Wednesday is National Adjunct Walkout Day. Adjuncts are part-time college professors who get paid lower wages, as compared to permanent employees, and have no benefits. Florida International University adjuncts want change.
About 30 people gathered at FIU's south campus by a large water fountain. Full-time instructors, part-time instructors and even students came out to support adjunct professors.
United Faculty of Florida estimates that adjuncts are teaching between 40 and 50 percent of university classes. They teach on a “per-course” basis, making less than half the salary of permanent professors.
"This semester, they took away -- I had three classes -- they took two away and left me with one class to teach the whole semester, which doesn't help pay my bills," says Debbie Gyenizse, an adjunct for FIU’s English department.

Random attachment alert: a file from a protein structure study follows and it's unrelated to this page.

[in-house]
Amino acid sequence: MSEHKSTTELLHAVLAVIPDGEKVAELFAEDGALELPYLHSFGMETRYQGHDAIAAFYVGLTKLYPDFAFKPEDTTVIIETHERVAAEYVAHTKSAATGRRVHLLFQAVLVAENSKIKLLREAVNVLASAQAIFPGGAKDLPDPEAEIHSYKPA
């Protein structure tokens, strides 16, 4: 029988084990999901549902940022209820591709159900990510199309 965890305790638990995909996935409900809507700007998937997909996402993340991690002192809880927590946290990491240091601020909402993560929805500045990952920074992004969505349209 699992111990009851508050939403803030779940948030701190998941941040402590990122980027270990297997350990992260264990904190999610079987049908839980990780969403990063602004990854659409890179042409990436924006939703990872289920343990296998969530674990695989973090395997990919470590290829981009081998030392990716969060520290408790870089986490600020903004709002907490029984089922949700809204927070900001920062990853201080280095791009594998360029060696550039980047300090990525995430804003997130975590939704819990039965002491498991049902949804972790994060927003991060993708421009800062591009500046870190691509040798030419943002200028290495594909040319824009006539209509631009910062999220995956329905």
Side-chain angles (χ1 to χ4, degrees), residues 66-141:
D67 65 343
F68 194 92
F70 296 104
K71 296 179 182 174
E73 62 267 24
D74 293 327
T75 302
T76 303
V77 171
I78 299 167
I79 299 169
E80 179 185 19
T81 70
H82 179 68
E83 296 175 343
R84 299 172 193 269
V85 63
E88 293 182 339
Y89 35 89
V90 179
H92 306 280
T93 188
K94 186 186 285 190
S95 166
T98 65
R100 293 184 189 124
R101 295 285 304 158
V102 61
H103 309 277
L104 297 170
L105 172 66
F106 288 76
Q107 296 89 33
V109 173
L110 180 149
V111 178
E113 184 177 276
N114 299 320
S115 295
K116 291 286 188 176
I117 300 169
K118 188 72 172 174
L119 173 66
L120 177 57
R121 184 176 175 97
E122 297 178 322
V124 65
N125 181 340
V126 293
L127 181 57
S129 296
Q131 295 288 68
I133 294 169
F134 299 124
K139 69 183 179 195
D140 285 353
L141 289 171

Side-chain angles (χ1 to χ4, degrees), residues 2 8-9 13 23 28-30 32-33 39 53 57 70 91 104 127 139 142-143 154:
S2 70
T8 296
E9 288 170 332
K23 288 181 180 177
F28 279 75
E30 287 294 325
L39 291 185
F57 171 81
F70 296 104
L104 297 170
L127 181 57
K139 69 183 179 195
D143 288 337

She also teaches part-time at Miami Dade College. It’s common for adjuncts to work at various campuses to make a living.
"We are increasingly trying to provide opportunities for our adjuncts to become permanent instructors," says FIU Provost Kenneth Furton.
He says the university is coming up with a strategic plan to help adjuncts become permanent employees.
"We're calling it the 'Beyond Possible 2020' strategic plan," he said.
The idea is to make selected adjuncts “visiting faculty” and then ultimately permanent instructors.
But adjunct professor Gyenizse says she's over 70 years old and won't be able to handle a full-time workload. She likes the flexibility of being part-time, but would like more out of it.
"I certainly can't live on teaching one class a semester," said Gyenizse.
FIU’s "Beyond Possible 2020" plan will be considered for approval by the board of trustees in March.